The Transformation Begins…

September 2004: It Begins to Take Shape

Key elements have been established around the place by now: we have our veggie garden feeding us now, hot water coming in from the solar panels, plants starting in the new nursery, and the formation of a master plan for the house refurb.

The veggie garden receives quite a lot of our care and attention— of course!— as we are highly motivated to eat our own vegetables. At this early stage, we are buying our compost and amendments, but as the soil condition improves and our own compost comes available, we will be more self-sustaining.

Here we have the first glimmers of a veggie patch, taken last June.

By now, we are getting most of our raw foods from the garden, plus herbs and chilis:

Things have filled in quite nicely here. The corn has come and gone, lettuce and arrugula is being harvested, and we have plenty of fragrant herbs. Small trees at far end of the garden plot are our papaya, which are just bearing fruit here… we will be harvesting fruit from them in a few months.

The green fence is to keep out the wild chickens and most importantly a pea-hen that has been gobbling up our salad greens. That can’t be allowed!

Photo taken in September.

The weekend of September 25th brought our good friends Rich and Virginia from Kipahulu here for an energetic work party. Several giant steps were made towards completing our first phase— loosely defined as the house refurb and establishing our agricultural foundation.

Lisa and Virginia prepare the veggie garden for the next planting.

There were four major projects for the weekend: new planting in the garden, create the nursery from a rickety old outbuilding, build a temporary toilet facility, and install the solar hot water panels. Rich has a pretty impressively wide range of skills, and solar energy is among them… we decided to get our solar up and running right away since he would be here to set that up.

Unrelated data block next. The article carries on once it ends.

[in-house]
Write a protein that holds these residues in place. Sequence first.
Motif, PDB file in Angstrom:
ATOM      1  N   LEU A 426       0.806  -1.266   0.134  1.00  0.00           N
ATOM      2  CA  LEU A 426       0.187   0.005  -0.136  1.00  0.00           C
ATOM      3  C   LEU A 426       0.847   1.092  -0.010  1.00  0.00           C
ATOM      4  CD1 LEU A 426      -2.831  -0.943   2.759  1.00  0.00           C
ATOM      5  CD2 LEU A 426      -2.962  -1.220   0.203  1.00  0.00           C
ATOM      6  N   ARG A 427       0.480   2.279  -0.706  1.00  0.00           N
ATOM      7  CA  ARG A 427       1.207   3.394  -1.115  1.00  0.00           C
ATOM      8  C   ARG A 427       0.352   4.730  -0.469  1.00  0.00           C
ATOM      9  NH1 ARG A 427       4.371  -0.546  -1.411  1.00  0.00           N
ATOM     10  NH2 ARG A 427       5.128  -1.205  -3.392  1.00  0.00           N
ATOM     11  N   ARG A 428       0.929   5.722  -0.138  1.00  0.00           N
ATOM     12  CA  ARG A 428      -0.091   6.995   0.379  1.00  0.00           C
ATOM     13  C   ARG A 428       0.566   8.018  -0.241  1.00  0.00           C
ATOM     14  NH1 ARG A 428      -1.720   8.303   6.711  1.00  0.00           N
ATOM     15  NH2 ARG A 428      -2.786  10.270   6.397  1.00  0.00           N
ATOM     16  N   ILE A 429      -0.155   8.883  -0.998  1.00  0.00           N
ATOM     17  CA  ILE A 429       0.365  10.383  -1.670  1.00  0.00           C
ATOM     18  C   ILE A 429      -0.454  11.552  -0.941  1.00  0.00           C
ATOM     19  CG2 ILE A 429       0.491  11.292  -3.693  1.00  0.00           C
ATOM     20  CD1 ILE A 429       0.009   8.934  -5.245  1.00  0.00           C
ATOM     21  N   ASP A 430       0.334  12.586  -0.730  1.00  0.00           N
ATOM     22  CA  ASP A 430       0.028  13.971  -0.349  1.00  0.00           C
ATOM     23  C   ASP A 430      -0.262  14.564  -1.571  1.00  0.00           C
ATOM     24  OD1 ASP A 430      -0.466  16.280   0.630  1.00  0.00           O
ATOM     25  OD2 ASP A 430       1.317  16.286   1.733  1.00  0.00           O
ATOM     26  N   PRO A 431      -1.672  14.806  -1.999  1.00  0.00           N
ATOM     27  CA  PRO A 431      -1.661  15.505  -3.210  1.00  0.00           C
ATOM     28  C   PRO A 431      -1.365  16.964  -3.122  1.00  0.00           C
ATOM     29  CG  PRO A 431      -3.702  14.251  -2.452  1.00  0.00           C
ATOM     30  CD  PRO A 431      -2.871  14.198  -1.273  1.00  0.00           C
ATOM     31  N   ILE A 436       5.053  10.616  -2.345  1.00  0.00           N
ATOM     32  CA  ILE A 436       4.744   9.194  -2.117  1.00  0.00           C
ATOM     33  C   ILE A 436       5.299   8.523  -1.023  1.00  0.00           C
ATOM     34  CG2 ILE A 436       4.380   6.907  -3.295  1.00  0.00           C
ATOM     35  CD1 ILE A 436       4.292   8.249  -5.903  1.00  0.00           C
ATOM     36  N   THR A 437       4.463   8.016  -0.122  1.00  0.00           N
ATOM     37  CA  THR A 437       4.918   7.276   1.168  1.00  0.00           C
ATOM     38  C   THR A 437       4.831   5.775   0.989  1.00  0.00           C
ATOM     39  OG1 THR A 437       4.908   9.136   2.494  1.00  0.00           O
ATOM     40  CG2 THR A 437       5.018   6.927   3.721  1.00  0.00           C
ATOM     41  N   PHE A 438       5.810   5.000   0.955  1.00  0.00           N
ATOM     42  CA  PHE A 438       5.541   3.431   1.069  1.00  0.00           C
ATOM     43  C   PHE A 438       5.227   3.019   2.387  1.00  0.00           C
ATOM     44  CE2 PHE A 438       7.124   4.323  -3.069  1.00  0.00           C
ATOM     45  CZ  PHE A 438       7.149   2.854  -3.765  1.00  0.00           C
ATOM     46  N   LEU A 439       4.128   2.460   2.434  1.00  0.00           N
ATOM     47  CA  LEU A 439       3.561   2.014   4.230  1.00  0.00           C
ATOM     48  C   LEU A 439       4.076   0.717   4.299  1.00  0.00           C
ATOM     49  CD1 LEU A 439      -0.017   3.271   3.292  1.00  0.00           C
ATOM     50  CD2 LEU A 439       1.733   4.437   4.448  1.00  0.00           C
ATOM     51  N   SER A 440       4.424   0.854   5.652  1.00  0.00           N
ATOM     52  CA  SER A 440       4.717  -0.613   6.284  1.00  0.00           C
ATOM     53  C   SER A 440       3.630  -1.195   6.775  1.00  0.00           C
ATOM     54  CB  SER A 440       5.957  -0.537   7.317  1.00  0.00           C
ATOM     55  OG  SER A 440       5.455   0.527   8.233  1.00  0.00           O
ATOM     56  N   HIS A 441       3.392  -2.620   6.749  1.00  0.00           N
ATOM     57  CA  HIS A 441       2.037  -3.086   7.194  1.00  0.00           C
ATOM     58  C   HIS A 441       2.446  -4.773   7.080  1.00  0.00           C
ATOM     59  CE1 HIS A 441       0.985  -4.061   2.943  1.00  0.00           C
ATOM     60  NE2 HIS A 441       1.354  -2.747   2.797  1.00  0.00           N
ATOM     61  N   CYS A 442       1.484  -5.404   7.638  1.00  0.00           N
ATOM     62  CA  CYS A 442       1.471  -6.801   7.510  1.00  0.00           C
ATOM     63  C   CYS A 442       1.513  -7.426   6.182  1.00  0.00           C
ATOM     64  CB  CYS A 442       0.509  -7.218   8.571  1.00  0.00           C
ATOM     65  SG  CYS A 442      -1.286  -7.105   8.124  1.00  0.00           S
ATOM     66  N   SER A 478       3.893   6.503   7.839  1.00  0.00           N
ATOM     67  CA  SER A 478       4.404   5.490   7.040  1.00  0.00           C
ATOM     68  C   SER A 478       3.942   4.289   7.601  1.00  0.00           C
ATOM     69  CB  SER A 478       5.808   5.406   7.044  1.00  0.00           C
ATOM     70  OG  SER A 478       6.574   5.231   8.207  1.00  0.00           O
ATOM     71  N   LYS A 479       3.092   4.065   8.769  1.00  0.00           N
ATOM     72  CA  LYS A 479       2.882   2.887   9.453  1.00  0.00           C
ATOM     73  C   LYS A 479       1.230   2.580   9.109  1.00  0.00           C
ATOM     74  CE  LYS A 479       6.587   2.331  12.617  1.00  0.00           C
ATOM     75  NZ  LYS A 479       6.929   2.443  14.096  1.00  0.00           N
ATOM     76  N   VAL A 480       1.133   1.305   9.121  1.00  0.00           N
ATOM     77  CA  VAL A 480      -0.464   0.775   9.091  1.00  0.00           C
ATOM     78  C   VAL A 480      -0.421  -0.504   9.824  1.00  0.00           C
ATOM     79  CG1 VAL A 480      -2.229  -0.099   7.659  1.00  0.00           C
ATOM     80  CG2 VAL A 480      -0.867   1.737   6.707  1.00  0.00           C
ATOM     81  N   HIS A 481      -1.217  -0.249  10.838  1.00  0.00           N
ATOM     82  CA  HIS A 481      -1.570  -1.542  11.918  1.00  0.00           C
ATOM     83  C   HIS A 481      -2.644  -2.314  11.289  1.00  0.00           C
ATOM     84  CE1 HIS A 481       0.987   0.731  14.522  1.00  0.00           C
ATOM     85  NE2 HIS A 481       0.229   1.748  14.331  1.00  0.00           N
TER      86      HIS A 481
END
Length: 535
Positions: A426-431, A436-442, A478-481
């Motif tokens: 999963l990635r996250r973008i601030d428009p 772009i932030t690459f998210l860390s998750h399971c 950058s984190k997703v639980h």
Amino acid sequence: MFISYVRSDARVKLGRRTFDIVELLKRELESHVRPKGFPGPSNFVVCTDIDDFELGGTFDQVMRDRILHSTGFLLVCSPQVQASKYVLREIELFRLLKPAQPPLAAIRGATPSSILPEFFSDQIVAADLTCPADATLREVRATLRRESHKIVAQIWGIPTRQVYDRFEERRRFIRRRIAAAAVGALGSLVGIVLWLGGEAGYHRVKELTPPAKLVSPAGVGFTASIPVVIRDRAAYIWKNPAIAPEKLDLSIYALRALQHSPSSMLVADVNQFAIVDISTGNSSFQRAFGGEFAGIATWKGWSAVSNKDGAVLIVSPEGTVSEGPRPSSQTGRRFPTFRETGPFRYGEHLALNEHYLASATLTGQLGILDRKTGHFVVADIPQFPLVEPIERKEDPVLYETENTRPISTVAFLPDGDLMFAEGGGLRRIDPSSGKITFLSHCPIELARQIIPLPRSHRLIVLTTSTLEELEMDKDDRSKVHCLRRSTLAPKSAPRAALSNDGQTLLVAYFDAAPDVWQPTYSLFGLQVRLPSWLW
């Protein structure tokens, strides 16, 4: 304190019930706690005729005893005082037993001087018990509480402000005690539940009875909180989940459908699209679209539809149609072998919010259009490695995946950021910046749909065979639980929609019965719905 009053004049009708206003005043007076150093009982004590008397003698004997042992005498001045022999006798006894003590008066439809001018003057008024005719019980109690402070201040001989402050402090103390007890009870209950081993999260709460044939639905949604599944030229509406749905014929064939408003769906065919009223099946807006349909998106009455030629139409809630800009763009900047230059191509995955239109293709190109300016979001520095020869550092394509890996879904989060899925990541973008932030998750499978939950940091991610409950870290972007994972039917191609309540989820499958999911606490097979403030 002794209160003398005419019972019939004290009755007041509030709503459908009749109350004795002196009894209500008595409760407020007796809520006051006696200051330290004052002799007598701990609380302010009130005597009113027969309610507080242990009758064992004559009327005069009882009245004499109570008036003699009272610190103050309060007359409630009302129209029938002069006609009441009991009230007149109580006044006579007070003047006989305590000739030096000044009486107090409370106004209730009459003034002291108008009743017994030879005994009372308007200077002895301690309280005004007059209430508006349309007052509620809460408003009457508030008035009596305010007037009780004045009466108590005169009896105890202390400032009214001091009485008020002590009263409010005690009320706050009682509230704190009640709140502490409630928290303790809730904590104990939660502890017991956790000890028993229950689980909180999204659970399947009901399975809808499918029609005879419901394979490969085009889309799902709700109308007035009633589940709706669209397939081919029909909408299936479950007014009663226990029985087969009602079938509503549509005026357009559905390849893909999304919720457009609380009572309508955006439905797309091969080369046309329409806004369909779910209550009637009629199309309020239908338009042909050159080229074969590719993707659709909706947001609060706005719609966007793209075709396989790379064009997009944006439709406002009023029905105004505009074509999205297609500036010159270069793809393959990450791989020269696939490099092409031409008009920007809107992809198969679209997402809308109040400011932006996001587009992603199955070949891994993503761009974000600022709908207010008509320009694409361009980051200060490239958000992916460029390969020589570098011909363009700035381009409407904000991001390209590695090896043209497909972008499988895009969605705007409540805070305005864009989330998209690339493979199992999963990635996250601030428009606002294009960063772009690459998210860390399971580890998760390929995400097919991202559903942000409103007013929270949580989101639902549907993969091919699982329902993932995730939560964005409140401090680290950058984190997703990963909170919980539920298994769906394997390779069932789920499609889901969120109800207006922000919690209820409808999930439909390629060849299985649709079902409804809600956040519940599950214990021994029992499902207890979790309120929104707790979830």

Here, Rich is prepping the plumbing on one of the panels for a pressure test. This was necessary because while the panels were awaiting installation, the front glass was broken on one of them. We replaced the glass with a sheet of plexiglas due to the expense of getting the tempered glass to the island.

In the foreground is our temporary hot water array under construction.

Rich was able to get 90% of the installation complete, I finished it off, replacing the glass in the broken panel, completing the support structure and fastening of the panels. We got these panels for a good price from an appliance recycler on the island. It is our intention to use recycled and salvaged materials wherever possible. This is a temporary set up until a new roof is put over the carport— the panels will then go up there permanently.

Rich, Lisa and Jonathan take a moment to asses the framing of the temporary loo.

We needed to build a temporary toilet facility for use while the house bathroom is being remodeled. This will contain a composting toilet and a wash basin, and actually has a rather nice view of the garden and citrus trees. As of this writing, this little room is still under construction.

Virginia brought a wide array of plant cuttings from their place in Kipahulu. Here some of them are in our newly-created nursery. It’s so nice to have all the agricultural stuff organized and centrally located— on the left is a dry storage area for implements, supplies and amendments. The floor is covered in a tough, weed proof fabric, overhead is shade cloth.

Virginia brought us coffee, yacon, edible hibiscus, lemon grass, comfrey, sunchokes, black and white awa (kava kava), and gliricidia. What a great selection of useful and beautiful plants!

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